The Weekly Stripe – 09.04.21

This week we wander into the world of art. However instead of looking at art itself, we're looking at some interesting aspects of its social fabric, which come to the surface when art gets judged and evaluated.

The Weekly Stripe – 09.04.21
In 2019, the four artists shortlisted for the Turner Prize requested that the jury award the Prize not to an individual but to them as a collective “in the name of commonality, multiplicity and solidarity”. (In 2020, the Prize was not given out at all. Instead, 10 artists received bursaries.) These comments address the controversial gesture and discuss the complexities of judging art.
The Weekly Stripe – 09.04.21
Questions around awards, how art is judged and by whom, have recently been raised by The Weeknd who decided to permanently boycott the Grammies because of the lack of transparency and “the secret committees.” This article mentions some other notable examples of artists who questioned the processes around nominating artists and selecting winners. This quote by Drake sums it all up: “I think we should stop allowing ourselves to be shocked every year by the disconnect between impactful music and these awards and just accept that what once was the highest form of recognition may no longer matter to the artists that exist now and the ones who come after.”
The Weekly Stripe – 09.04.21
Staying with music, this article looks at the problem with the established category of “genre” and how that, too, adds to the troubles with awards. Genre is not an innocent principle for how award categories are organized, in fact, as the article explains, “in the earliest days of the recording industry, genre was frequently determined by race, and more than a century later the repercussions of that choice—who gets to make what kind of song—are still profoundly felt.” Remember the controversy around Lil Nas X’s “Old Town Road” being removed from the Billboard‘s country chart?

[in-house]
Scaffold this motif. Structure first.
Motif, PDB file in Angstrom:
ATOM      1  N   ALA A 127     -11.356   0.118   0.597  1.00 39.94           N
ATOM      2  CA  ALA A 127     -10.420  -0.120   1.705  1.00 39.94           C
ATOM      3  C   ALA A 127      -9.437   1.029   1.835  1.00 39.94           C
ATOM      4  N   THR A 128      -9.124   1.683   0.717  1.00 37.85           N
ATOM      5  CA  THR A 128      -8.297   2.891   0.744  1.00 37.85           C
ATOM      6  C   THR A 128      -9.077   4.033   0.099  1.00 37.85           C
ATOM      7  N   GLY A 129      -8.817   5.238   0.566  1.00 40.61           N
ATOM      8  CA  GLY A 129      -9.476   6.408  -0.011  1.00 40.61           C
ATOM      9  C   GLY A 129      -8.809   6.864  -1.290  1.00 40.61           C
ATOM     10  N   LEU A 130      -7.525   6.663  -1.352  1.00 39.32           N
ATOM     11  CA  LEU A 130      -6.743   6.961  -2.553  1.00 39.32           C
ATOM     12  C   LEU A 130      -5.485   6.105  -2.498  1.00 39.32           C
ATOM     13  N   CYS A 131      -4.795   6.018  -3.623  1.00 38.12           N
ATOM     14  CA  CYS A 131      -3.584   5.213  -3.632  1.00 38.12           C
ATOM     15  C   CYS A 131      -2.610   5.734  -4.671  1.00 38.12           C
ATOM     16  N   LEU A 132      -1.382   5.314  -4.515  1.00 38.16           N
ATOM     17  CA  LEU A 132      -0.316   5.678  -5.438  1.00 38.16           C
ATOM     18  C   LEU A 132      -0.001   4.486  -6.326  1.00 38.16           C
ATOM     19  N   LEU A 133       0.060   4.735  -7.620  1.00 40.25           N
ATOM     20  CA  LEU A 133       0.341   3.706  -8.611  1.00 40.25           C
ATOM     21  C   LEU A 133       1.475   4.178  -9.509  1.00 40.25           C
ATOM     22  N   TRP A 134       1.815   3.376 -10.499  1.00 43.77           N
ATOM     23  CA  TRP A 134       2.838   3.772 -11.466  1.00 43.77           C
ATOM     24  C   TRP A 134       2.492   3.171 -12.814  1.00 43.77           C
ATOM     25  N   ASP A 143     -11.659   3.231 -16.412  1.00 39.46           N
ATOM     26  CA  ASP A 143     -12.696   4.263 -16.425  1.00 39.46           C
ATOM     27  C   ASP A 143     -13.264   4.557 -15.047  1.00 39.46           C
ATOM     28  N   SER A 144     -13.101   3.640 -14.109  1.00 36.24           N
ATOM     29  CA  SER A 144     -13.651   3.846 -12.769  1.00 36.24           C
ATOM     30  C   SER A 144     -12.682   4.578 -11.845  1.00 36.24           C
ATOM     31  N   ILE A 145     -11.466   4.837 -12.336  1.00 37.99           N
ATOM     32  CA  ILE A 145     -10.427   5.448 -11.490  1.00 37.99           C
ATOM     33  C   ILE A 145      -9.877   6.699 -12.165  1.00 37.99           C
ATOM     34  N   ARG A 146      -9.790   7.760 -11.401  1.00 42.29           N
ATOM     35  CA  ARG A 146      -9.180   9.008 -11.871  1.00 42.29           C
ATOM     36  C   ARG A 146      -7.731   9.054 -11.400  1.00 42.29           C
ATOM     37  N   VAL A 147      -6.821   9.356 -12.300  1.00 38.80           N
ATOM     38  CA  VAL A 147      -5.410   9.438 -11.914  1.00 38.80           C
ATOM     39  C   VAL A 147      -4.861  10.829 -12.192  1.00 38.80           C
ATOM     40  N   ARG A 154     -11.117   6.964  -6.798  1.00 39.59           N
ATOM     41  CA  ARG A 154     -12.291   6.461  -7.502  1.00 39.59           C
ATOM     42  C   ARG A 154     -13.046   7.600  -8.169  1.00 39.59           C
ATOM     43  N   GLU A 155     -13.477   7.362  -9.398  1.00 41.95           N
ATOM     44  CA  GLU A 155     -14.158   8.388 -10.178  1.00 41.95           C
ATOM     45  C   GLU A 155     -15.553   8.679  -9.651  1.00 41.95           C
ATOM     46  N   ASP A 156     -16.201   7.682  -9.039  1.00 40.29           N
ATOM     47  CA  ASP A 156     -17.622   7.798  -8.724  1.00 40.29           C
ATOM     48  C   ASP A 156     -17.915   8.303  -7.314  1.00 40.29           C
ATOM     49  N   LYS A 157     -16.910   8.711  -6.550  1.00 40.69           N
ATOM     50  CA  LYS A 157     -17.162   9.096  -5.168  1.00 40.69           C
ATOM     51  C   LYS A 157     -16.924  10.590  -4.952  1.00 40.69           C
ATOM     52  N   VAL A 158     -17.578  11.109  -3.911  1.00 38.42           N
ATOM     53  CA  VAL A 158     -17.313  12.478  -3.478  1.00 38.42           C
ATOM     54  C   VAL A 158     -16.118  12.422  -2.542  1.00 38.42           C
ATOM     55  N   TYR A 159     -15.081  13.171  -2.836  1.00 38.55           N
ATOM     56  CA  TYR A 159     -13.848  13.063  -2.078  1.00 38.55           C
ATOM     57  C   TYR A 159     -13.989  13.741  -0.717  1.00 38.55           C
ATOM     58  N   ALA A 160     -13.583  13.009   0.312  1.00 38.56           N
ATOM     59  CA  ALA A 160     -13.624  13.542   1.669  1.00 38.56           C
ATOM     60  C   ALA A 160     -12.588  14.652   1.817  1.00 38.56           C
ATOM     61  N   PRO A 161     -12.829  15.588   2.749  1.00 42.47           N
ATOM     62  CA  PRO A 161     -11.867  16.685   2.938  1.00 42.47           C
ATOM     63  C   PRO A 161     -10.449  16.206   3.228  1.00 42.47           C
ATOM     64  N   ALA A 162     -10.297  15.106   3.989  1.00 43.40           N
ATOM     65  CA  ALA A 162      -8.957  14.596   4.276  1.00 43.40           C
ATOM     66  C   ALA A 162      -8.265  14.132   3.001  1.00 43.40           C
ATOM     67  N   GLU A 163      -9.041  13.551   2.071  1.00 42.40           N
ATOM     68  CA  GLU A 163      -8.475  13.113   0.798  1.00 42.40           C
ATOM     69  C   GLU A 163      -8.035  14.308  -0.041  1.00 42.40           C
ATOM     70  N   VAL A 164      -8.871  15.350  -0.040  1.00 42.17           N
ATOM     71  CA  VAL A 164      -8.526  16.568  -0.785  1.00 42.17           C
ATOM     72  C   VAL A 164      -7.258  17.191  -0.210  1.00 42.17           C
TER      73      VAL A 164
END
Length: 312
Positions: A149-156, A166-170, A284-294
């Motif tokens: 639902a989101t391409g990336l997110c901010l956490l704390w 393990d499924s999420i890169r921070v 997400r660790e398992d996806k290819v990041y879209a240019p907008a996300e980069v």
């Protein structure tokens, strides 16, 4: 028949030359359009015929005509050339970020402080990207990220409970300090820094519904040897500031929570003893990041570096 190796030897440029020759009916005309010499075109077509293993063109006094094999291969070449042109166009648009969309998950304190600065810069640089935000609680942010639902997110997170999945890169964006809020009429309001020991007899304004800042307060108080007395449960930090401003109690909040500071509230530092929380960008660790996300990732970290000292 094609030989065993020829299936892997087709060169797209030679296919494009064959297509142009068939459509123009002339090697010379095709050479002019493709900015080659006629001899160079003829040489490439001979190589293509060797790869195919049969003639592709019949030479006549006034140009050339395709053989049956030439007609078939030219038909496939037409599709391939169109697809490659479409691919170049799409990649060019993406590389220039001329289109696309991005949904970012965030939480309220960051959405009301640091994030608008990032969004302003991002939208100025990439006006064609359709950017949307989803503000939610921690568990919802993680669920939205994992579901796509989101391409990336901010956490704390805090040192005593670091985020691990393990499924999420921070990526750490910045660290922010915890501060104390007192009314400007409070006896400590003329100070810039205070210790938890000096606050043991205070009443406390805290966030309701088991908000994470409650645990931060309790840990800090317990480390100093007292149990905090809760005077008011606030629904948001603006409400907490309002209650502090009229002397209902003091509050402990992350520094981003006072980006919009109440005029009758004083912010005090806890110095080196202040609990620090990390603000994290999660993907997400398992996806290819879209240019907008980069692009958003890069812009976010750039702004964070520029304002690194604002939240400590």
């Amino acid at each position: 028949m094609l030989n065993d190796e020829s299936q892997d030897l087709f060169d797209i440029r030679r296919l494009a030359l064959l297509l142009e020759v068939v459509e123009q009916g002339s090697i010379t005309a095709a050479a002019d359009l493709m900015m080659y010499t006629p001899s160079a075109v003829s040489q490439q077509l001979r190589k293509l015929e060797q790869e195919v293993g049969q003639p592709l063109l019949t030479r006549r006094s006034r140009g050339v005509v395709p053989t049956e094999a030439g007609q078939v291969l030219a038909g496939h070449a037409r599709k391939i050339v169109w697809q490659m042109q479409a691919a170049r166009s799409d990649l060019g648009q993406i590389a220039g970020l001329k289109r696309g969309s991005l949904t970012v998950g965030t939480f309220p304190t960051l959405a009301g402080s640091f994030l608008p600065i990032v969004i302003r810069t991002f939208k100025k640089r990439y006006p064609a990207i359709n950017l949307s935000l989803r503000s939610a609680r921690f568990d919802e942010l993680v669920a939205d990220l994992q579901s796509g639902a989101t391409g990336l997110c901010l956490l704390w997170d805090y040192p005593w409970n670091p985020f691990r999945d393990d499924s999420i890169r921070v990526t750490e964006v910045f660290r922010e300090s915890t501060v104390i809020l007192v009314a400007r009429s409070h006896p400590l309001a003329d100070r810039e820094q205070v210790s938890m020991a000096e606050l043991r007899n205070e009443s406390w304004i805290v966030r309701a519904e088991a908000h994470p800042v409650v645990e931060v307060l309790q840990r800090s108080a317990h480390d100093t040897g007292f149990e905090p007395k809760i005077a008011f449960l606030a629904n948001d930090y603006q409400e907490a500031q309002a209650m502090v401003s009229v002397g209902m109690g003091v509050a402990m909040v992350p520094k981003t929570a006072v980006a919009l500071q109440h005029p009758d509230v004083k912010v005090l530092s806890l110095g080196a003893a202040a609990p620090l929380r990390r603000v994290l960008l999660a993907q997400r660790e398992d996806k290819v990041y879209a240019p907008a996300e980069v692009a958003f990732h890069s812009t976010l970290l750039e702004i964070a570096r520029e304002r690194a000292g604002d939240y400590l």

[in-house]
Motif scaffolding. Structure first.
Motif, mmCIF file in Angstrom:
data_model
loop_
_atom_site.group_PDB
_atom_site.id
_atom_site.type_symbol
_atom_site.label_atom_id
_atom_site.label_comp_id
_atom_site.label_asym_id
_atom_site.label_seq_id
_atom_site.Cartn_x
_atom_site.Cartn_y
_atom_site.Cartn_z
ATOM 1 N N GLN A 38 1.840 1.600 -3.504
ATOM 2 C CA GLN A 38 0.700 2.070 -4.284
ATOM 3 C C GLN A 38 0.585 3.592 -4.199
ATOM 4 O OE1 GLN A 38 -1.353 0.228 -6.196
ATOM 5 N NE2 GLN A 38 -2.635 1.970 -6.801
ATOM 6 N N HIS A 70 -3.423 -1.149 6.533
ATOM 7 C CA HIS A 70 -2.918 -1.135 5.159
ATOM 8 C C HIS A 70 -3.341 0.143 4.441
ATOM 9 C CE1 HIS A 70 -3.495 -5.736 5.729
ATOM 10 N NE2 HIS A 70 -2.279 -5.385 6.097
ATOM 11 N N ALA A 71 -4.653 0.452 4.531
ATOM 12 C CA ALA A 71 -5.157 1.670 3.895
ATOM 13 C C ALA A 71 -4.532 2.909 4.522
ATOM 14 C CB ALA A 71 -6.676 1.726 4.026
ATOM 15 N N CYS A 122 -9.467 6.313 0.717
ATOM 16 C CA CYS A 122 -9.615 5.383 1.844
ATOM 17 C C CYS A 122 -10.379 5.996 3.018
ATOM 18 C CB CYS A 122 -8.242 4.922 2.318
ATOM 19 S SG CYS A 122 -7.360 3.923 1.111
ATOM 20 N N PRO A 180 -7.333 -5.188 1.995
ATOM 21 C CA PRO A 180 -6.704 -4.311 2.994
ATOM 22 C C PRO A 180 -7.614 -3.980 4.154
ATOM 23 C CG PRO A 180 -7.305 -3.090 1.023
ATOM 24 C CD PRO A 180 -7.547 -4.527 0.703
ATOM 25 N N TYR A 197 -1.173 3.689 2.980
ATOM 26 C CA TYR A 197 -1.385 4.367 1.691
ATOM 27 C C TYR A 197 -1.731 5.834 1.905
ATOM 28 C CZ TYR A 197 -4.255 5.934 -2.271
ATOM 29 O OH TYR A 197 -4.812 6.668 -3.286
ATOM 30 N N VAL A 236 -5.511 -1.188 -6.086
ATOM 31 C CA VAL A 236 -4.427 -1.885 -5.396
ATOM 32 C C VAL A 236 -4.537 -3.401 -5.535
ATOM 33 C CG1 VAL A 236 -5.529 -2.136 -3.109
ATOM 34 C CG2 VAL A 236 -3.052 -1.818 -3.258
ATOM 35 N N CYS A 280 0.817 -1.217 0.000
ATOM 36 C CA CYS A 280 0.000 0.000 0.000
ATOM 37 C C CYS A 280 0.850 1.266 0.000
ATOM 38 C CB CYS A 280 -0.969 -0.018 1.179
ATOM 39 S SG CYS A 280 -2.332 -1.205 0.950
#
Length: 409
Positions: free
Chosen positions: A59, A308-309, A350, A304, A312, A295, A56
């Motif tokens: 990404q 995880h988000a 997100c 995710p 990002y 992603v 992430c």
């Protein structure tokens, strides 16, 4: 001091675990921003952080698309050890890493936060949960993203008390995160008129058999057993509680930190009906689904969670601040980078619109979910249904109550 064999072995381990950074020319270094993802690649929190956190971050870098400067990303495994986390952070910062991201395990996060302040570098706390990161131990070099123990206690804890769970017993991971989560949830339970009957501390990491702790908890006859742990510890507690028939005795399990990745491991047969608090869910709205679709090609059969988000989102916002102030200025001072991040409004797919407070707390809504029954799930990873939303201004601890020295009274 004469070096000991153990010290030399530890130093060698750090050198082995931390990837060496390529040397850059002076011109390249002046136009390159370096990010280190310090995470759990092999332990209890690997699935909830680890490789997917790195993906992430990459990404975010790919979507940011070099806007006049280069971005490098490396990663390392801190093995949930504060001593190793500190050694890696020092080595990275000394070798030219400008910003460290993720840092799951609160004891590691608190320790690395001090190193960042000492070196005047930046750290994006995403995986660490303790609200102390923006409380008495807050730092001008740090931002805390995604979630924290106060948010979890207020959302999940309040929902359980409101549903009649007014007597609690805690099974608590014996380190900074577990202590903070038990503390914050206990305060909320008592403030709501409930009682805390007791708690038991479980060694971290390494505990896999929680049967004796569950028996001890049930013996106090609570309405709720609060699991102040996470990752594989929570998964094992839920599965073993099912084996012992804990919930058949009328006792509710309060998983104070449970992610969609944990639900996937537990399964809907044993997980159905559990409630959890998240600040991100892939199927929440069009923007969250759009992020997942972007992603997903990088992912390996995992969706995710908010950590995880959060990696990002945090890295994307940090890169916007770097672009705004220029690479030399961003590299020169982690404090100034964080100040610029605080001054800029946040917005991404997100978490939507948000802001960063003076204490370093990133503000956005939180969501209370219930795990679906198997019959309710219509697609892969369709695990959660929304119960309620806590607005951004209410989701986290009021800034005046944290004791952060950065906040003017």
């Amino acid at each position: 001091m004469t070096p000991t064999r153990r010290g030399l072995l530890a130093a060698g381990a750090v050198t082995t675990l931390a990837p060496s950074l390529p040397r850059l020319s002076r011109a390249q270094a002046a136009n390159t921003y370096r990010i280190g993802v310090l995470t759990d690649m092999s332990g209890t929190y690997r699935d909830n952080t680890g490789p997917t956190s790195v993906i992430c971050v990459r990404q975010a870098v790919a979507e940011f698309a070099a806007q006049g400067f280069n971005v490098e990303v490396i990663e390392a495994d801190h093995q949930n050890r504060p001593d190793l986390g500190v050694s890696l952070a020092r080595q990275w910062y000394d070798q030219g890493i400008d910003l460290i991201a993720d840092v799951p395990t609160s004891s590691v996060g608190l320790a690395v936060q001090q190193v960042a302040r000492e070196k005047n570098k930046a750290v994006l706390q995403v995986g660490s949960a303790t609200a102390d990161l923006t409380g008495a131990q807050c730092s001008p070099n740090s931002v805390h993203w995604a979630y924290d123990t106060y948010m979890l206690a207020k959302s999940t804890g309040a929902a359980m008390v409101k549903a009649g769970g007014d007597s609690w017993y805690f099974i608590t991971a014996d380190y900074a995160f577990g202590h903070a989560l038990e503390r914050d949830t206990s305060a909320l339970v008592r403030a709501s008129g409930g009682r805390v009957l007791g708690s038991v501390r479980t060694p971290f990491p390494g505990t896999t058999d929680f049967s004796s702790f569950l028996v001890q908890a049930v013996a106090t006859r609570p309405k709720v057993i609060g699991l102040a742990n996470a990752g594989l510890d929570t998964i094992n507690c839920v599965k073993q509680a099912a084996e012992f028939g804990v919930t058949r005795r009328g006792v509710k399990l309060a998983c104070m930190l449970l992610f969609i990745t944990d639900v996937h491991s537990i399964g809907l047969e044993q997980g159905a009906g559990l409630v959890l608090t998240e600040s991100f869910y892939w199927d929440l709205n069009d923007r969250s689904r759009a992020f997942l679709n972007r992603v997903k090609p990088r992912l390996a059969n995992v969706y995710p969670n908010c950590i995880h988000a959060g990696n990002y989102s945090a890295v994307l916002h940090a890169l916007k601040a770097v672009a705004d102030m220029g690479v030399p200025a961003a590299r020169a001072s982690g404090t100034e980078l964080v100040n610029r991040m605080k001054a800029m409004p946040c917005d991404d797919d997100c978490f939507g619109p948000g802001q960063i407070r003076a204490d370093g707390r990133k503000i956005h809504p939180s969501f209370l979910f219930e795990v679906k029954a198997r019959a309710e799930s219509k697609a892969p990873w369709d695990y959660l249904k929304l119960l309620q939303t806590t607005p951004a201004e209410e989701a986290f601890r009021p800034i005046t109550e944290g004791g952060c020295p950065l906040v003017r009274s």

The Weekly Stripe – 09.04.21
Have you been following the hype and the controversy around NFTs? While some argue that this can be beneficial to artists and collectors as it allows for digital art to have verifiable ownership and therefore maintain its scarcity, others point to some ethical and ecological problems this technology poses. If you don’t know what NFTs are, read this article and be amazed at how much someone paid for a GIF
The Weekly Stripe – 09.04.21
And finally, what is the price of art? Here’s a podcast that explores the value of songs and how songs are monetized.